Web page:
The former lightweight and featherweight champion announced his retirement via his Twitter account early on Tuesday morning.
Conor McGregor (21-4) had always been in a popular figure in European MMA during his time with Cage Warriors. However, it was 2013 when Conor McGregor became well known across the globe after his first round destruction of Marcus Brimage.
His iconic call out for “50 G’s” has been long since emulated and the Dubliner would only continue to soar through the featherweight division.
McGregor’s cocky demeanour during pre-fight build ups certainly got into several opponent’s heads and whether people liked him or not, people tuned in and there’s obviously a reason why he is one of the biggest draws the UFC have ever had at their disposal.
McGregor made history by becoming the first dual weight champion (lightweight/featherweight) despite criticisms from fans and pundits that he had never actually defended his 145lbs strap having claimed it in devastating fashion against Jose Aldo.
McGregor finally returned to the Octgaon after a lengthy lay off which saw him face Floyd Mayweather in a one time boxing event. “The Notorious” fought and lost out to Khabib Nurmagomedov in a tense rivalry which spilled out into the crowd after the bout.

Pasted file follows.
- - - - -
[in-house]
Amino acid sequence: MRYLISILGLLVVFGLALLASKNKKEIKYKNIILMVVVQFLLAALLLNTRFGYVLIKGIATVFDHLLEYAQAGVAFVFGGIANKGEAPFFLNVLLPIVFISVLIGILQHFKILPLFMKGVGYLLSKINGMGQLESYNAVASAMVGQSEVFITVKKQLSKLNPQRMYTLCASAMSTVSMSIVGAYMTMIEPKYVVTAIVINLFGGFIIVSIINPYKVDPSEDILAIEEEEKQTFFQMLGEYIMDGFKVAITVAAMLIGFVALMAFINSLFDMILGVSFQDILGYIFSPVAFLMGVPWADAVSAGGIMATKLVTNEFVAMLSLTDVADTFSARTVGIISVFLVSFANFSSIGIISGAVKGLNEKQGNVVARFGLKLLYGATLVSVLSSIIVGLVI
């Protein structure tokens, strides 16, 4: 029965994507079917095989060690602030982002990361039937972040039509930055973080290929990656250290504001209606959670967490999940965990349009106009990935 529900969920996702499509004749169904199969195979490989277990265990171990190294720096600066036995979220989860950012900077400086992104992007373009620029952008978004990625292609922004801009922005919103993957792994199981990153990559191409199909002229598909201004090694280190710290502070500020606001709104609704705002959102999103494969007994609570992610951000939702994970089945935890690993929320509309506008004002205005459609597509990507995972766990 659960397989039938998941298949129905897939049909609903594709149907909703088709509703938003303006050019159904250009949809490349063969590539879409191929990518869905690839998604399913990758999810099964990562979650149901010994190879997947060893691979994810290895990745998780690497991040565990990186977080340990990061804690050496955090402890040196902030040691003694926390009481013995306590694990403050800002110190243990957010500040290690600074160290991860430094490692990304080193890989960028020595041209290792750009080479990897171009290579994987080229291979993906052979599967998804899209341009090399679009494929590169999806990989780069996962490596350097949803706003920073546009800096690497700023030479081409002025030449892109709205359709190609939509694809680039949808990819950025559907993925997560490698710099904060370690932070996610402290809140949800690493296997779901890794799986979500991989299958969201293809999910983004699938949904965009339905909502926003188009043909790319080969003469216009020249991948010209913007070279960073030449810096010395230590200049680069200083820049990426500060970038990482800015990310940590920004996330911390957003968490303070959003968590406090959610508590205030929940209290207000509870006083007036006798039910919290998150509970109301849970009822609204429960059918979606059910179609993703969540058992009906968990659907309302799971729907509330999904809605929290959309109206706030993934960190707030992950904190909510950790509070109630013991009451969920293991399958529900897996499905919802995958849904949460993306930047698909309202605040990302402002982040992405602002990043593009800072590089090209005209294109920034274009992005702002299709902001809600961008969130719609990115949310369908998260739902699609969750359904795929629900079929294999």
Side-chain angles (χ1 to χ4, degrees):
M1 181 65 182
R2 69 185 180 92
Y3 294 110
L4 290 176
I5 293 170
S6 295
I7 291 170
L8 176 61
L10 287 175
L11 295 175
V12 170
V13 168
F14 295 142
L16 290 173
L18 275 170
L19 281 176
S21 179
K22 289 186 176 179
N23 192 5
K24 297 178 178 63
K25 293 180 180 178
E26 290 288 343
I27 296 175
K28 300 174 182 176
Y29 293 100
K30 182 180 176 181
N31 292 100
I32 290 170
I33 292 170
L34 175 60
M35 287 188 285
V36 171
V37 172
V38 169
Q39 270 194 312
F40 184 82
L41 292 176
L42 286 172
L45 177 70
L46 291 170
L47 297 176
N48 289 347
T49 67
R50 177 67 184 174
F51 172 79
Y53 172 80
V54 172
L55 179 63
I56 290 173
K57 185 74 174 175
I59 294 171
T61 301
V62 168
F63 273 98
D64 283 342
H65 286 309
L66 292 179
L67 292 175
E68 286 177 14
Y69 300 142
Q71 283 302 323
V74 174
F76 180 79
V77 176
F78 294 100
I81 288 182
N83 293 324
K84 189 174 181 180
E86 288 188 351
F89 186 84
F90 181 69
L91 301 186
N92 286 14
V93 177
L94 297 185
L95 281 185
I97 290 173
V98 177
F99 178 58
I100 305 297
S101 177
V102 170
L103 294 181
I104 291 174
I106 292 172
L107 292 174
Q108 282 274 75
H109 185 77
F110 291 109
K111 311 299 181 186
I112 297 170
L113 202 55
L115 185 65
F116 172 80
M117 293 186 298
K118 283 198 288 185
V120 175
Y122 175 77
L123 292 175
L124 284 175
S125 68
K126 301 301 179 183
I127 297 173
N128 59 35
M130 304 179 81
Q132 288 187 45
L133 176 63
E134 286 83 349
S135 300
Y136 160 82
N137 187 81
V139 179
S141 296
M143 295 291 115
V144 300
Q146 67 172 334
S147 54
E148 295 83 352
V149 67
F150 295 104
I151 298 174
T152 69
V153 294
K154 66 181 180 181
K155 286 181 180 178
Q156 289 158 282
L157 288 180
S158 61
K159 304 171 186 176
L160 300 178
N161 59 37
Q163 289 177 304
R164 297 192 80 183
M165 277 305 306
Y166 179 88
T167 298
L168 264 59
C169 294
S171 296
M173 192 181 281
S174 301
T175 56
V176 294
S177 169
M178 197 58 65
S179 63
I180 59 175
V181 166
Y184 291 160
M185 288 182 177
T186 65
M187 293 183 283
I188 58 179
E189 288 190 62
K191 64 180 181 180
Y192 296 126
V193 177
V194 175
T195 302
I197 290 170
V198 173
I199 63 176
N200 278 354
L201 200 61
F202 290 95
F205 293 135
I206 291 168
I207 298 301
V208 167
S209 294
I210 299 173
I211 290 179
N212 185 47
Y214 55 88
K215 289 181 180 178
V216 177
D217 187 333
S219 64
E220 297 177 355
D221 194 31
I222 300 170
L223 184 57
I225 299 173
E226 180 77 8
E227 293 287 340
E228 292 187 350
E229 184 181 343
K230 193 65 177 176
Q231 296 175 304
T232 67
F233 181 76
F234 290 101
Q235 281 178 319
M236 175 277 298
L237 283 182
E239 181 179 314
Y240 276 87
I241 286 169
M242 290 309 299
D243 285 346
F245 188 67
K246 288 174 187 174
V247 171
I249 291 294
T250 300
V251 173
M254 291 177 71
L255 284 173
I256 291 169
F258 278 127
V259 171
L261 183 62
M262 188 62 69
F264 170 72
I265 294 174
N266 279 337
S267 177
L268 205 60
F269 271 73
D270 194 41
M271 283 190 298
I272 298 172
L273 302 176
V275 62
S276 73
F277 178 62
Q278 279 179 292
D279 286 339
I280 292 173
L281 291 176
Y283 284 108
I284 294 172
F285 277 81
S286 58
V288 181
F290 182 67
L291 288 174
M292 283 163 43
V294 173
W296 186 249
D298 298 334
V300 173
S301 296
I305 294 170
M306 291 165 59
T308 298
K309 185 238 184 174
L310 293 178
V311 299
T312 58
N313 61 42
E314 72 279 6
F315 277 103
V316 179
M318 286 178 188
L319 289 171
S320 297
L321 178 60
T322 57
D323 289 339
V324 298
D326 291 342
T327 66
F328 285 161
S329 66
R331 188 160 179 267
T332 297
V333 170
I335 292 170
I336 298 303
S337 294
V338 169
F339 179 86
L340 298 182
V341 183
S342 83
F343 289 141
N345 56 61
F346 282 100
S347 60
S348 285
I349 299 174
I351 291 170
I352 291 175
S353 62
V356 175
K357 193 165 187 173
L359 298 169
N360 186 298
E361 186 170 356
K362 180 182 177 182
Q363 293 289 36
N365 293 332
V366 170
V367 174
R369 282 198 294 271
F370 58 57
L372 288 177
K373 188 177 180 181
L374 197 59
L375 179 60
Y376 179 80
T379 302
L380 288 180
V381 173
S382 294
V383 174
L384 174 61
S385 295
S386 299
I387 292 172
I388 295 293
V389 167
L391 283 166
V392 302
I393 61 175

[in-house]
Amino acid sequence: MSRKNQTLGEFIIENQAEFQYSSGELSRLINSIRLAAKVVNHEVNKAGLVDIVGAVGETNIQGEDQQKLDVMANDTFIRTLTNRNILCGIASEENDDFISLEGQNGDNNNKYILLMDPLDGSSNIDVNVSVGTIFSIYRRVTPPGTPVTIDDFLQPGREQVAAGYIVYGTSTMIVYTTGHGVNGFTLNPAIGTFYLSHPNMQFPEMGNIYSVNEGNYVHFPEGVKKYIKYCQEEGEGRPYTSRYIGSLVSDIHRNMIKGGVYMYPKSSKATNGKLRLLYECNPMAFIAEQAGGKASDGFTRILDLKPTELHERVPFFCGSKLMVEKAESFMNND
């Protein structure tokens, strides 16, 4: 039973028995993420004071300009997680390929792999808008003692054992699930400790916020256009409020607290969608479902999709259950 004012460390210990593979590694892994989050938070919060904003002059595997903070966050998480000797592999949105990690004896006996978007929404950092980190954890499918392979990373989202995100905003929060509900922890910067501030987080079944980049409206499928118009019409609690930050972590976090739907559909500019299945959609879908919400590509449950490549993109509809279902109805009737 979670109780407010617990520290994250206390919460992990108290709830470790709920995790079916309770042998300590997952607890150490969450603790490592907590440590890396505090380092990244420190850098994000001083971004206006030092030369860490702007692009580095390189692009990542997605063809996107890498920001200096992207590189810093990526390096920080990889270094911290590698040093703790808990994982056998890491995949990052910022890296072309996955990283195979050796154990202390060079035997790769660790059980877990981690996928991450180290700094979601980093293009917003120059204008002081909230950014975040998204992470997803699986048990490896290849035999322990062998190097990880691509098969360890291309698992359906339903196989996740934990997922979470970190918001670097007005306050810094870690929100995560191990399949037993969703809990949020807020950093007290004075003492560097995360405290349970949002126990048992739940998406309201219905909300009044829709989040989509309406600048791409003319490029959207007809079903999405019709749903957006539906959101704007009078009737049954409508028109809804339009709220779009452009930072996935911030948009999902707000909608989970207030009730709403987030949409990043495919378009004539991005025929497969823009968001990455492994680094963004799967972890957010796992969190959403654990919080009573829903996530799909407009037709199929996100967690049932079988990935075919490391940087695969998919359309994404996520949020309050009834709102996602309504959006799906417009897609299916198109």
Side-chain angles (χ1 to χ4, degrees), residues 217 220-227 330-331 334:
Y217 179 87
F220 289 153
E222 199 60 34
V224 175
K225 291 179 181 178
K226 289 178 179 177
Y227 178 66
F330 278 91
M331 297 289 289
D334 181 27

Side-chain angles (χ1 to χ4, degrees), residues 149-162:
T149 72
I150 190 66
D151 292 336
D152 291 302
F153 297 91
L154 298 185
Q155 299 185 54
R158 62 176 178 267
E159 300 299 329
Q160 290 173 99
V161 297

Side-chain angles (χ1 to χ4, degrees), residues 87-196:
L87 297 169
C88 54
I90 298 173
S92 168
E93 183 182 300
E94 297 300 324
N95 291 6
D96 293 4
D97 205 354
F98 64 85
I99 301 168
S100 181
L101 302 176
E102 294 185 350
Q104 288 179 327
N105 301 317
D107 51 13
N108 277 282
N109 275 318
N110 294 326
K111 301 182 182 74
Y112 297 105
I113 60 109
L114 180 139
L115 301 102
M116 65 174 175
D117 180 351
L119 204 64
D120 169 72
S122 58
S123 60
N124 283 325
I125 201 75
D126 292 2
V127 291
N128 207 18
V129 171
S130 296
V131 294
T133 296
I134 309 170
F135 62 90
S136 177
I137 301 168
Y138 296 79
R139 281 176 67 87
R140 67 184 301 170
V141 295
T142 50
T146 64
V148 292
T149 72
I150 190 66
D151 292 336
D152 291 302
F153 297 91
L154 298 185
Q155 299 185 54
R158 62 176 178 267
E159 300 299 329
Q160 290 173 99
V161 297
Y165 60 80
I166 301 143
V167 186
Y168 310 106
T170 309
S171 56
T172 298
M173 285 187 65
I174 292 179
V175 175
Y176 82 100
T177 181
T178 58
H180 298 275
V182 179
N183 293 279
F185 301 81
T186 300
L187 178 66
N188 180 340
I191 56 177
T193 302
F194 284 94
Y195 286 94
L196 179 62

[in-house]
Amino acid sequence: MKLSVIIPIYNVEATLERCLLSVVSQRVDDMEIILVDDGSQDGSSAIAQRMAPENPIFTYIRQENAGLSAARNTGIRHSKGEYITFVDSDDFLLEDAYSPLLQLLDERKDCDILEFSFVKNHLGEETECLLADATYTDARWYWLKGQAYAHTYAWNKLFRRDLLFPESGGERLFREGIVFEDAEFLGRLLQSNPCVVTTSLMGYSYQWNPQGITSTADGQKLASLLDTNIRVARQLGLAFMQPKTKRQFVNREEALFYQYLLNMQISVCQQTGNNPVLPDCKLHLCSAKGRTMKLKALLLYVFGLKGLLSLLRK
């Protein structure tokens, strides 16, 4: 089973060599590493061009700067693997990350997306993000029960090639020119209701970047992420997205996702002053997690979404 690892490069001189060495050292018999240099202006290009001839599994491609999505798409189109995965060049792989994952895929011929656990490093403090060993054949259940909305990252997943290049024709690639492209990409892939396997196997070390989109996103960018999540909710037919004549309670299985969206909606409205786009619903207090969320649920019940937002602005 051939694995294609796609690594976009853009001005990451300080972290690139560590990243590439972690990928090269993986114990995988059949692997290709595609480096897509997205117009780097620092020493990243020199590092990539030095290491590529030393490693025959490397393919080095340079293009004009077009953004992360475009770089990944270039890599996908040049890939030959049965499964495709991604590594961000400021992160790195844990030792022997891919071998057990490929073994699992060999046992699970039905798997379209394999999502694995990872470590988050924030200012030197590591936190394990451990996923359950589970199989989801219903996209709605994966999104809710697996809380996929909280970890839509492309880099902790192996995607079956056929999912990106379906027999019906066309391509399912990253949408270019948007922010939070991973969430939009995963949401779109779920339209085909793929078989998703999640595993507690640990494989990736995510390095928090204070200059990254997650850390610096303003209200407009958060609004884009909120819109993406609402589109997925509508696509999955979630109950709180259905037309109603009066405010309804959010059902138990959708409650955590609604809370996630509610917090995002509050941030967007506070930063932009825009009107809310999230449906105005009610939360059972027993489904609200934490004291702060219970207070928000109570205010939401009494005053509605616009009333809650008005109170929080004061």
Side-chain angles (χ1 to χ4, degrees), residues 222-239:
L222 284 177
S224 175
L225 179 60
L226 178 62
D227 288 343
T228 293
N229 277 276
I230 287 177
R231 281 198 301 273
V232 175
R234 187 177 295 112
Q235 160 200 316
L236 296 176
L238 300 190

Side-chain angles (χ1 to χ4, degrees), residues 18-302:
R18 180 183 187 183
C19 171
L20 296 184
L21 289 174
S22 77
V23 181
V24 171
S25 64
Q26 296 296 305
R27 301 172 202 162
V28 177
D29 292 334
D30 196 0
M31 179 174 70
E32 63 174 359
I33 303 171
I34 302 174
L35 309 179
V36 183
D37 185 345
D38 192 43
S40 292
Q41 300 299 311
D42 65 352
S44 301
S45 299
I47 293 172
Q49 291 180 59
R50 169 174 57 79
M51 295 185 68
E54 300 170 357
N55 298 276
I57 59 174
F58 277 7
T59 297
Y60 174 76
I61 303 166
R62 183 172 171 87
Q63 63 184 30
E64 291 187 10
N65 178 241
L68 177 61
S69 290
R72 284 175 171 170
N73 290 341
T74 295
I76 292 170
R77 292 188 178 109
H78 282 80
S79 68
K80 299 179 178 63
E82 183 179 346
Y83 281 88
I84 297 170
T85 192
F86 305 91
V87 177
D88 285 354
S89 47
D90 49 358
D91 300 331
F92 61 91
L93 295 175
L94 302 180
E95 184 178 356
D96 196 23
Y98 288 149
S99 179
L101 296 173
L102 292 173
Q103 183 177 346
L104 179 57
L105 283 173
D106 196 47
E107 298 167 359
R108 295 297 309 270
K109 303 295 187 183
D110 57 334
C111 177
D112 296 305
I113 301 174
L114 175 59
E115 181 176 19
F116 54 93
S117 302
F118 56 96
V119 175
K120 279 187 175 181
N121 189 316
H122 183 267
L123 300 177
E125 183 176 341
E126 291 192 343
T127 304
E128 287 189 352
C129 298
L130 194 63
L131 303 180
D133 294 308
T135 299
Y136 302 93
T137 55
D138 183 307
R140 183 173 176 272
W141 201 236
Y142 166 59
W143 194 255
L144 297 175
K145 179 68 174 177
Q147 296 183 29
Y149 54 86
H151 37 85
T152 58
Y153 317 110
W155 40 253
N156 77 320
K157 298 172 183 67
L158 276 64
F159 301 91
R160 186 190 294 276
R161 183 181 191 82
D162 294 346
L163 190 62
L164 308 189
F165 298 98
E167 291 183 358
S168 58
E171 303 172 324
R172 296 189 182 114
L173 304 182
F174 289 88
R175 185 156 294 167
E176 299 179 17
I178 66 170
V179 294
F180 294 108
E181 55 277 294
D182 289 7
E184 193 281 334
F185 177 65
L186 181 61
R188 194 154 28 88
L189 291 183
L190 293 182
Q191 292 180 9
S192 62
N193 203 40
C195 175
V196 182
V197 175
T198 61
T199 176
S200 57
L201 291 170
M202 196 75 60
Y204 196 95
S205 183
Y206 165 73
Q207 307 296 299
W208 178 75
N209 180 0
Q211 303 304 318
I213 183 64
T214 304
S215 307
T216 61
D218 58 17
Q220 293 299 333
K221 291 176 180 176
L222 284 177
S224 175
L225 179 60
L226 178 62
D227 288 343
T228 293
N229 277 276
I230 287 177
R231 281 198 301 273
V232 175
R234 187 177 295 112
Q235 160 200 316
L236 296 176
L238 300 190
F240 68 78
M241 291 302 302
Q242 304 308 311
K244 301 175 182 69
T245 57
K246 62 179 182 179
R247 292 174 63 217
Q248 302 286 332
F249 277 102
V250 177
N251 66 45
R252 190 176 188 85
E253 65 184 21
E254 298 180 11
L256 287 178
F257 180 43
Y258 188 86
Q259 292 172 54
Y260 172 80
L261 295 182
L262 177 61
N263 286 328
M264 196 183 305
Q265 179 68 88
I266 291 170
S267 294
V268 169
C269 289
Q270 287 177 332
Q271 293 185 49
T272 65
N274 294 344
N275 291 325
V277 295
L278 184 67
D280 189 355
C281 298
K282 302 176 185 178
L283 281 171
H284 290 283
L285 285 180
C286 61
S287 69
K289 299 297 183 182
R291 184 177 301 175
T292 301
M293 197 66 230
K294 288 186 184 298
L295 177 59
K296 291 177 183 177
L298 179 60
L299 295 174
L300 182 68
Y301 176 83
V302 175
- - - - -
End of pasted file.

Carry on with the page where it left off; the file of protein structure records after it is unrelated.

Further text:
Since then, rumours have been floating around about Conor’s next opponent. Nate Diaz for a trilogy series, Donald Cerrone or even the Khabib rematch were all tabled.
However on Tuesday morning, McGregor took to Twitter to announce his retirement from the sport of MMA.
Brett Okamoto of ESPN tweeted a statement from UFC President Dana White in relation to the announcement.
MMA retirements are never usually to be taken seriously with plenty of fighters seen back in action several months later and this should be treated no differently given that in 2016, McGregor also posted something similar in relation to a retirement but let’s watch this space.